A Planner’s Personal Statement

I believe every planner needs to periodically do self-assessments in regards to their approach and reasons for pursuing the profession.  As a “non-traditional” planner myself in the tech field, I find it ever important to ground and focus oneself in the tech industry’s sharknado of change.  I recently found my graduate school application essay buried in my document folders.

My pursuit (of planning)… critically addresses livability issues in the present and future and brings opportunities for creative solutions to society’s needs. Geography and civic-service have been essential qualities of mine since childhood.

– An idealistic me.

Pretty standard mission statement for a 20-something.  I’ve actually come to dislike the term “livability” because it has been rather abused by community development departments across the country.  Everything relates to making things livable–no need to point to it. Many livability issues are merely conflicts between opposing parties.  And with greater emphasis on climate change, the term now seems more equated with survivability than mere inconvenience.

I grew up on roads that were faux-rural but actually serving a suburban region of 350,000 people.

I can’t put my finger on what I’d replace it with, maybe a general term like “urban issues.” What is still emphasized for me, is the who and when of planning.  Make it better for people now and for tomorrow.  How can I use my hands to fix those wicked problems.  The way I’ll go about it is to seek creative solutions.   Young planners constantly complain that the current bureaucracy of planning is not serving the people effectively nor timely.  We have to work around this, and be persistent about the changes we want to see.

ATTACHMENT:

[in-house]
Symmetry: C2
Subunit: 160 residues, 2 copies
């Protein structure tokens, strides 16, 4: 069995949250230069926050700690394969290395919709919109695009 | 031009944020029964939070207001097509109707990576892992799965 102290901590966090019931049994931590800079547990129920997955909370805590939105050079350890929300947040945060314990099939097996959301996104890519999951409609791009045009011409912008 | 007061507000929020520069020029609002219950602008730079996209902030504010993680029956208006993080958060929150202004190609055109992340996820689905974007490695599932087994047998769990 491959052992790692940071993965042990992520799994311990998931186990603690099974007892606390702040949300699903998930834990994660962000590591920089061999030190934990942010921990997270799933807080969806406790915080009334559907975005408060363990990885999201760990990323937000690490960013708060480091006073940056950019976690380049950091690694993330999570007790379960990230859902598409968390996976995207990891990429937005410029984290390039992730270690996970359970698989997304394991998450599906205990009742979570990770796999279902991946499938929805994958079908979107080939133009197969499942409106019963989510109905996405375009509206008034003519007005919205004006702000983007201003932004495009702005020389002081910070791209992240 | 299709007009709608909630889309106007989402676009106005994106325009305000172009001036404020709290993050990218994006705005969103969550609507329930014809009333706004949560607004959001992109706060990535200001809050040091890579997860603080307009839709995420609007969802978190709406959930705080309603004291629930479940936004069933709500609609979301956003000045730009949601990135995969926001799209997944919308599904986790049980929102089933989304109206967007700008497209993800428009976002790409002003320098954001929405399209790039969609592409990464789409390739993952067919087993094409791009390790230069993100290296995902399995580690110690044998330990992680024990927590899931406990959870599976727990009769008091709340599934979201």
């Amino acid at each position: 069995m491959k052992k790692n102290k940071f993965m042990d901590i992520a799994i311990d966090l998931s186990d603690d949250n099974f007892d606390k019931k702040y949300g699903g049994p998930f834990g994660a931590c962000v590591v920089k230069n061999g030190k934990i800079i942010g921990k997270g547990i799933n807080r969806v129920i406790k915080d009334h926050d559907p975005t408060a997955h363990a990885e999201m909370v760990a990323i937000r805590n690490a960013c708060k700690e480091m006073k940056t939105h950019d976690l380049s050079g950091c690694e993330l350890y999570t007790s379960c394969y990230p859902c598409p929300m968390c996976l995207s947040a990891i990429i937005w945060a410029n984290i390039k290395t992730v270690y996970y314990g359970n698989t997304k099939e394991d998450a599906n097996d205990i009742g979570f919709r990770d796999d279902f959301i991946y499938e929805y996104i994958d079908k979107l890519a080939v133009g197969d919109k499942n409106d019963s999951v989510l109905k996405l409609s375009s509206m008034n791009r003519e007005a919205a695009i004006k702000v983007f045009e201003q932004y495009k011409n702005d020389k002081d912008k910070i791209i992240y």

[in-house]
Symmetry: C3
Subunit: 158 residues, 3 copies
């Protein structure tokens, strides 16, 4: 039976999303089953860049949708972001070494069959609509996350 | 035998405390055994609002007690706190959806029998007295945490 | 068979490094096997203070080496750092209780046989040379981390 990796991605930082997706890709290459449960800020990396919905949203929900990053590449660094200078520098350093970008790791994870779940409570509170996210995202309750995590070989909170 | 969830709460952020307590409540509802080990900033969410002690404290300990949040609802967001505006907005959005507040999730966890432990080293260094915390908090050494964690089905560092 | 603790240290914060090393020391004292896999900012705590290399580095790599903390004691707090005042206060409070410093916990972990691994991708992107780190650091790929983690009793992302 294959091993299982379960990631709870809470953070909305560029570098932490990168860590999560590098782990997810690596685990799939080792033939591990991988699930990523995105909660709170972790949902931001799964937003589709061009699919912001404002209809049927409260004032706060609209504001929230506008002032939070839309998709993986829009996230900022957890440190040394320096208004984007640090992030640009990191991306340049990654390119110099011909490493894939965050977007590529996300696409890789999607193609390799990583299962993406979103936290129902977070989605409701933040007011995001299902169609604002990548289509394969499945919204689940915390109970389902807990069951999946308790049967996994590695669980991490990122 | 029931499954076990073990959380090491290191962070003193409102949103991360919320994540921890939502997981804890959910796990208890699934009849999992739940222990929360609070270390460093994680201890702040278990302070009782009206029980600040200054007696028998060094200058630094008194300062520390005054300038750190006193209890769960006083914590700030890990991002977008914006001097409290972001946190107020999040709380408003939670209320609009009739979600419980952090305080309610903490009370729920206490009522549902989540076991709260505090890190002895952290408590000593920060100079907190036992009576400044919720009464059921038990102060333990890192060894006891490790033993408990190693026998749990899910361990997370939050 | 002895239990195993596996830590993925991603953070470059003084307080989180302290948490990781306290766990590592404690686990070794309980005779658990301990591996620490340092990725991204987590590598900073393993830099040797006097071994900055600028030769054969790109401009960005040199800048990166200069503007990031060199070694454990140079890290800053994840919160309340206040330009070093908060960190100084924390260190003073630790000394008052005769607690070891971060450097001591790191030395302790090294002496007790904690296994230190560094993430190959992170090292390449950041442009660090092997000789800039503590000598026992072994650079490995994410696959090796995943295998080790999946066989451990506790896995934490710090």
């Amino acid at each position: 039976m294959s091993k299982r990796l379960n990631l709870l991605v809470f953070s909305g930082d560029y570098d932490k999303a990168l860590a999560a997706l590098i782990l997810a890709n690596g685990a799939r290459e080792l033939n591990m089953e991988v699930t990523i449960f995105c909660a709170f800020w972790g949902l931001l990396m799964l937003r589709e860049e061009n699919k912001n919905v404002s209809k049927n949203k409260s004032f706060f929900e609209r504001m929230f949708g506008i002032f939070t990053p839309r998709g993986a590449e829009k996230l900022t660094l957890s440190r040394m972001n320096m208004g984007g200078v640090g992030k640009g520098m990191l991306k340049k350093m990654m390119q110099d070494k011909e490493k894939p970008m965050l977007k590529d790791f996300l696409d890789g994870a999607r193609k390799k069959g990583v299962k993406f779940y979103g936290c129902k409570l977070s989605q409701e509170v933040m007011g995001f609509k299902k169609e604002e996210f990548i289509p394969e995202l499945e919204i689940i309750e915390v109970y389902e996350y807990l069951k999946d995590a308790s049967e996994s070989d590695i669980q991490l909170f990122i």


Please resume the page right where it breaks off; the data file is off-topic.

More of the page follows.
The rest of my essay is pretty basic, but I noticed an interesting sentence that related to my high school years:

Concepts of human relationships with nature entered my ethos and the desire to address these relationships grew stronger.

I attended an environmental studies magnet school which drilled on the relationship between humans and their environment.  To me, the term nature relates to more than birds and bees, but to complicated ecosystems on our planet, which include our human inventions.   Our technology is creating new layers of movement and interaction in cities.  There’s hybridization, friction, and sometimes new seamlessness.  I think I can affirm that my personal statement is to continue helping humans cope and better utilize their surroundings.

Nicollet Mall is Not the Destination

The announcement of architect James Corner to work on the Nicollet Mall redesign finally signals the city’s movement on upgrading the aging city centerpiece.  Minneapolis has discussed replacing Nicollet Mall for quite some time mostly due to its crumbling condition.  The rectangular fountains which I once enjoyed as a child are no longer.  The colorful sidewalk pavers are coming apart, and it’s configuration is generally outdated, outmoded given the changes in many of the storefronts which now focus on bar patios than affordable interesting retail.  The Mall isn’t really a mall anymore, it’s a fancy zone of transition, to get from the bus to the office, the train to the hotel, or a bar hopping corridor.

Once upon a time: Nicollet Ave after the Norse-American Centennial Parade in 1925

Once upon a time: Nicollet Ave after the Norse-American Centennial Parade in 1925